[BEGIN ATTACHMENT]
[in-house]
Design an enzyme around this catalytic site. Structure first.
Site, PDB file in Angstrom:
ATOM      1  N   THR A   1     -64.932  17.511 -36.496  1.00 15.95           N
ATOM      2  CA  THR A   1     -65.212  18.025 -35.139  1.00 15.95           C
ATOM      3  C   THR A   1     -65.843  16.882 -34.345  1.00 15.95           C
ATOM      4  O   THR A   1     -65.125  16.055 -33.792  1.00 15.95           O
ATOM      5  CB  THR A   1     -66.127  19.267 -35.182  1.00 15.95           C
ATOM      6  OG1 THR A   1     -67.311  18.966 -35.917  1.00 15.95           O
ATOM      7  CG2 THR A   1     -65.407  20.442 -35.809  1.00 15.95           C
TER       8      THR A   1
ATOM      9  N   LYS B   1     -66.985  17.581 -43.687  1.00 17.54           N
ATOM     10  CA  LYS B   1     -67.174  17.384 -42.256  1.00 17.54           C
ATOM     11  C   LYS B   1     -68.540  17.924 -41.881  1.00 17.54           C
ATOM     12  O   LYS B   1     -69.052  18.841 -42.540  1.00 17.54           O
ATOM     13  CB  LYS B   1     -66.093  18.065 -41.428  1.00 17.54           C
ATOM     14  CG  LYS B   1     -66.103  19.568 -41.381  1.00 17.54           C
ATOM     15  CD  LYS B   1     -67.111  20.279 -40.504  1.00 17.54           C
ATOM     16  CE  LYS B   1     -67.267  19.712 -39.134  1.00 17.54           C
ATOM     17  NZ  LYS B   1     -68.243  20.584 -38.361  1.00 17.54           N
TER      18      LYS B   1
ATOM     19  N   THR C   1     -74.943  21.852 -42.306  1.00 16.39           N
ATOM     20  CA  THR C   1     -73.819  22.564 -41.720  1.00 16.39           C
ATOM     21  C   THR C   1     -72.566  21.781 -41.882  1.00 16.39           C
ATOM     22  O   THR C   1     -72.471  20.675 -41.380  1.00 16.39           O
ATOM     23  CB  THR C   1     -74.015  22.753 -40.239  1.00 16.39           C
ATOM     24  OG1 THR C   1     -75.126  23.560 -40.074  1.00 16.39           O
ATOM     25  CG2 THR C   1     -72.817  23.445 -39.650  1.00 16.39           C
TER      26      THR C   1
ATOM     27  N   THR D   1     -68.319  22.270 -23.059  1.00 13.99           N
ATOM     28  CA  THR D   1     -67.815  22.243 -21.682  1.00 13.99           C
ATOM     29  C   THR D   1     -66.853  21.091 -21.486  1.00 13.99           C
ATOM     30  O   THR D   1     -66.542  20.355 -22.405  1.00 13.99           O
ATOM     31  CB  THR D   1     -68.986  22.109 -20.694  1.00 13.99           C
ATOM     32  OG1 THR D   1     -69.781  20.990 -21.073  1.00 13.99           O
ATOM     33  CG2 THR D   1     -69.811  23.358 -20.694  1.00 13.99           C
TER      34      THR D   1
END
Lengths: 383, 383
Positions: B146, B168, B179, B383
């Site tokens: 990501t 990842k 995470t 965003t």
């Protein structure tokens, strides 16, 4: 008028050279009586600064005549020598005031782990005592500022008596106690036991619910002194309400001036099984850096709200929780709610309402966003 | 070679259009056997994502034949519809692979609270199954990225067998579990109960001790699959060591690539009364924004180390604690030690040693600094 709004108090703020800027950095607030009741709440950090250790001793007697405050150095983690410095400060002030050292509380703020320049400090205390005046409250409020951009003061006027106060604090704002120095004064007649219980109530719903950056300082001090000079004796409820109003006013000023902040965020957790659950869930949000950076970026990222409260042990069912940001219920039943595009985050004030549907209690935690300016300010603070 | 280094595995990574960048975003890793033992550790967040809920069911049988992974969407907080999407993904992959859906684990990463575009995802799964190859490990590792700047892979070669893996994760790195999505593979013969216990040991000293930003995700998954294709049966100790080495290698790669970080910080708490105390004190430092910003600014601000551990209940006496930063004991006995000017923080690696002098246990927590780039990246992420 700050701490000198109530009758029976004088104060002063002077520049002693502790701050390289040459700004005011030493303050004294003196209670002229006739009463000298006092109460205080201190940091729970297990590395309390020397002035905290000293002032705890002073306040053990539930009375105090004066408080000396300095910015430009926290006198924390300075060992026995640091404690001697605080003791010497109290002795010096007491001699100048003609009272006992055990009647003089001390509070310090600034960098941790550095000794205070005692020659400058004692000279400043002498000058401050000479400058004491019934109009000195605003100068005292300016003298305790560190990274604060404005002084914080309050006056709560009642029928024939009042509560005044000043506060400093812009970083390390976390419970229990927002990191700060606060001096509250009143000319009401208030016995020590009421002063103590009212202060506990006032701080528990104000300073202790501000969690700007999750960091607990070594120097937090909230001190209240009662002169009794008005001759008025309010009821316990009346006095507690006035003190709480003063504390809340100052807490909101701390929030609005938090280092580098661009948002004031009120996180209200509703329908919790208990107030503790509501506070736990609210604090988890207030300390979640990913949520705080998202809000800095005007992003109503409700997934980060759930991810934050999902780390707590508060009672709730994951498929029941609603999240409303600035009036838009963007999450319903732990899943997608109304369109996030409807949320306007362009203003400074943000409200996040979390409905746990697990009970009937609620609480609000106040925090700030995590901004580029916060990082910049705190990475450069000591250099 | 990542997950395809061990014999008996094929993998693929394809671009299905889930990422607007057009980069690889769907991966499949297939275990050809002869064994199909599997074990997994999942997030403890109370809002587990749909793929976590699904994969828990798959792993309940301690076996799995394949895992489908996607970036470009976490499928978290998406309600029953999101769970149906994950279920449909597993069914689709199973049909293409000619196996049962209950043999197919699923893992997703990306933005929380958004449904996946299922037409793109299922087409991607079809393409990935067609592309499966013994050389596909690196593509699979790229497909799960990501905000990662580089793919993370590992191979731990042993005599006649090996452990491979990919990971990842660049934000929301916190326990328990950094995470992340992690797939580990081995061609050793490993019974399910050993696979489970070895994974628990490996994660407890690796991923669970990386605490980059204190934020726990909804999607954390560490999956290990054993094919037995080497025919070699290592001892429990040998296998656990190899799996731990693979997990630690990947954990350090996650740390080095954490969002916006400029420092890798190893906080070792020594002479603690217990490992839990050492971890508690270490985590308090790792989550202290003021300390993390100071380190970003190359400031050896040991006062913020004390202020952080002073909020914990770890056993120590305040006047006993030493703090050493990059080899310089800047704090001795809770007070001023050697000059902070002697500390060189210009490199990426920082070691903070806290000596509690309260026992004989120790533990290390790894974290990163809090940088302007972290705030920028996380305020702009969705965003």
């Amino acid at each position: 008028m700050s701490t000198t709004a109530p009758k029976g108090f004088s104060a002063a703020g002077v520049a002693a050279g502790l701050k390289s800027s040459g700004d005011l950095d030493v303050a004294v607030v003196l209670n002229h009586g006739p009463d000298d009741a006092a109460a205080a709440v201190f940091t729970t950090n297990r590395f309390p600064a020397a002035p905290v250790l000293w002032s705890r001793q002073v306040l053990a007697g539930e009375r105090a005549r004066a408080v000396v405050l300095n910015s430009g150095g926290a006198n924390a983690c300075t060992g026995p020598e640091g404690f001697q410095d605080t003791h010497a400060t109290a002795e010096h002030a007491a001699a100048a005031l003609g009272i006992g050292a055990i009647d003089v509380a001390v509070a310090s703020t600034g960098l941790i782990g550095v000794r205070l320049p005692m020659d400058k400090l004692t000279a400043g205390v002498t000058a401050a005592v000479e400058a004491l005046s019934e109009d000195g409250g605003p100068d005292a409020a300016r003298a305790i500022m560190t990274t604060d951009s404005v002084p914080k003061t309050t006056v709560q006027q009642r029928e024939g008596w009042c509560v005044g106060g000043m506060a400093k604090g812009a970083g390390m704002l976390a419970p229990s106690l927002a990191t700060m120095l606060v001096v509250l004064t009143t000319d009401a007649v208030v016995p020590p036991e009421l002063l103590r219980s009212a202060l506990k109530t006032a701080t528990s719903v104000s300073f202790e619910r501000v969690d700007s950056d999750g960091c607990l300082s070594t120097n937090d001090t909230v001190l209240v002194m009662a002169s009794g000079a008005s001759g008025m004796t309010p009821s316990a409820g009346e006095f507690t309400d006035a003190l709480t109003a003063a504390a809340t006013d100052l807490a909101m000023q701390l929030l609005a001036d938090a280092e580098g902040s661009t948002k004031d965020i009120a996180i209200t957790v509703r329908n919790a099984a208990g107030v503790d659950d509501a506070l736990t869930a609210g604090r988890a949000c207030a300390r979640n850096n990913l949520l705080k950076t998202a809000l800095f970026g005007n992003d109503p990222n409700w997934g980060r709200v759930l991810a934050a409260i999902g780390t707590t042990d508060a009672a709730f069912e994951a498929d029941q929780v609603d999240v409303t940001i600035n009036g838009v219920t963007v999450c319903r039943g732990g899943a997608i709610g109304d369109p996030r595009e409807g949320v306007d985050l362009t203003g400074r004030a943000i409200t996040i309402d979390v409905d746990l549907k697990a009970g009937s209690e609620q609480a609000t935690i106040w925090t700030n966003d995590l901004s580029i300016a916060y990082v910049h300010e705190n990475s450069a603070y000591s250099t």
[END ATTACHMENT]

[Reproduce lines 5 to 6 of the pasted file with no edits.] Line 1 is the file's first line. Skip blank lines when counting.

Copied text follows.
ATOM      2  CA  THR A   1     -65.212  18.025 -35.139  1.00 15.95           C
ATOM      3  C   THR A   1     -65.843  16.882 -34.345  1.00 15.95           C